Arms and the Man By George Bernard Shaw Character Analysis Captain Bluntschli

Captain Bluntschli is a thirty-four-year-old realist who sees through the absurd romanticism of war. Furthermore, unlike the aristocratic volunteers who are untrained, amateurish idealists, Captain Bluntschli is a professional soldier, trained in waging a war in a highly efficient, businesslike manner. These methods allow Sergius to refer to his ability to wage a war as being low-class commercialism, devoid of any honor and nobility. Bluntschli would agree with this appraisal since he sees nothing romantic about the violent and senseless slaughter of human beings, even though it is his profession.

Being a professional soldier, he adopts a practical and wise view (his name is a combination of Blunt, plus the ending, which in Swiss means "sweet" or "endearing" or "lovable"). Given the choice of being killed or saving his life by climbing up a balcony and into a lady's bedroom, he chooses unheroically not to be killed. Practically, he knows that a dead professional soldier is of no value to anyone; thus, he saves his life by the most expedient method available — he hides in a lady's bedchamber. Likewise, given the choice of killing someone or of not going hungry, he chooses to eat rather than to kill; thus, he carries chocolates rather than cartridges, a highly unromantic but very practical thing to do.

When Bluntschli first hears of Sergius' cavalry charge and refuses to view Sergius' actions in any way except as a foolhardy display of false heroics, he reveals his complete practicality and subjects himself to Raina's charge that he is "incapable of appreciating honor and courage." Yet, his questioning of Sergius' actions causes Raina to question Sergius' qualities.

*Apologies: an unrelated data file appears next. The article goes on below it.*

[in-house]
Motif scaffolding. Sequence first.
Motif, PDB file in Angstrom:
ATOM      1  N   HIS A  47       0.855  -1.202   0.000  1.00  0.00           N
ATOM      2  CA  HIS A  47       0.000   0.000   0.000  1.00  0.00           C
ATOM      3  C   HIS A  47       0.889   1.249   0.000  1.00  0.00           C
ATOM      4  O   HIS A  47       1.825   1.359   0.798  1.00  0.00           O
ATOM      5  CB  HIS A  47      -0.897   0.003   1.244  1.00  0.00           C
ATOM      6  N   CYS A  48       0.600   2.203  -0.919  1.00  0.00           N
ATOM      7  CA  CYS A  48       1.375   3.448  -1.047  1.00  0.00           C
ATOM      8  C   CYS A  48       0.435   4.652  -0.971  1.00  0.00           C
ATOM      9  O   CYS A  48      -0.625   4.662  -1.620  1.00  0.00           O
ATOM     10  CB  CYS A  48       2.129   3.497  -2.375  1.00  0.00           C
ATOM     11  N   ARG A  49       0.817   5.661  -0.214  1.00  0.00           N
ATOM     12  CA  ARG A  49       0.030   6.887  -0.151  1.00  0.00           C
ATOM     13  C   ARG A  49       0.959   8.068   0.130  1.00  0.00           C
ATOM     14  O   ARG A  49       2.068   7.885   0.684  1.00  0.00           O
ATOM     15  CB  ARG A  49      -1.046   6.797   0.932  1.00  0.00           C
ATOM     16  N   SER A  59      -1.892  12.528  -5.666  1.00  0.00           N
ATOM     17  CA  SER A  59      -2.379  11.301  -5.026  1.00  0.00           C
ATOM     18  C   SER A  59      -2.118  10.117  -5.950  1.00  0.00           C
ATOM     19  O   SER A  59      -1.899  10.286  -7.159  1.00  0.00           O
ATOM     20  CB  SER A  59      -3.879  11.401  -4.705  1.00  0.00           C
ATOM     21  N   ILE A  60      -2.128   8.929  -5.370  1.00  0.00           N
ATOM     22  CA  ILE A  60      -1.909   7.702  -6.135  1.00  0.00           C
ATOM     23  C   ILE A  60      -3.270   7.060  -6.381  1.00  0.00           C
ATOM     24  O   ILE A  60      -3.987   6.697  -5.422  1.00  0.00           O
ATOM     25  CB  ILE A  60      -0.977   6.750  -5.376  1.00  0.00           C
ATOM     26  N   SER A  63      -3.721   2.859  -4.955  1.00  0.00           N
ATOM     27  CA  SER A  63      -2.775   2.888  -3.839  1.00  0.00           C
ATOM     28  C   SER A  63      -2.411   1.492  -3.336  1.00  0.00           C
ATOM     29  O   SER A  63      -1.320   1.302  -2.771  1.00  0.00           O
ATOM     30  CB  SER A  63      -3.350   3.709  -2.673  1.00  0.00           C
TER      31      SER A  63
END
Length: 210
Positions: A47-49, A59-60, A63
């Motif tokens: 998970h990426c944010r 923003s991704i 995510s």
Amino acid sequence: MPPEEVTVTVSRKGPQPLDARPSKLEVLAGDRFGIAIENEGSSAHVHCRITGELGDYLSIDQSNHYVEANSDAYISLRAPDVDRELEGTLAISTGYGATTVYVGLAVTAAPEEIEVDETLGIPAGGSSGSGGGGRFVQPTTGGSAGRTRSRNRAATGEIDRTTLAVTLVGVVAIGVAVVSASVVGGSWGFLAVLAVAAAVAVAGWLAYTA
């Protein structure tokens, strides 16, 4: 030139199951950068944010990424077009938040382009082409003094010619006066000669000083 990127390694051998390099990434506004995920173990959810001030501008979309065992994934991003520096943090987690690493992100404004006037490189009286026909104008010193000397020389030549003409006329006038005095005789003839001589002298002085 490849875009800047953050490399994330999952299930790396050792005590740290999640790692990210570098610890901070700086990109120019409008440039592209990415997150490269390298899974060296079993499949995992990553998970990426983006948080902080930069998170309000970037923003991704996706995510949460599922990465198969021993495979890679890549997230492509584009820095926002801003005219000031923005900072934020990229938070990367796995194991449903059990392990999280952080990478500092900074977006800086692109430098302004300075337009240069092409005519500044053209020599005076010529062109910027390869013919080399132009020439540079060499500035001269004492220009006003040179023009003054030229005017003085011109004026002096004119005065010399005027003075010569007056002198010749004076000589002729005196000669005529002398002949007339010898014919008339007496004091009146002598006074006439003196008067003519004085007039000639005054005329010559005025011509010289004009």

Bluntschli does possess some qualities which cause Raina to exchange the "noble and heroic" Sergius in favor of him. Raina's perfect honesty, in fact, allows her to relax and to come down from her pedestal. Bluntschli's fondness for chocolates in the midst of war is appealingly incongruous. His docility, combined with his efficiency, endears him to others, especially the entire Petkoff family, and, finally, he reveals to the established group that he is an incurable romantic. He explains that he could have sent the old coat back, but that he wanted to return it personally so that he could have one more glimpse of the entrancing Raina. Thus, he wins her for his "affianced wife."

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As Bluntschli hides in Raina's bedroom, what does he tell her that he keeps loaded in his gun?




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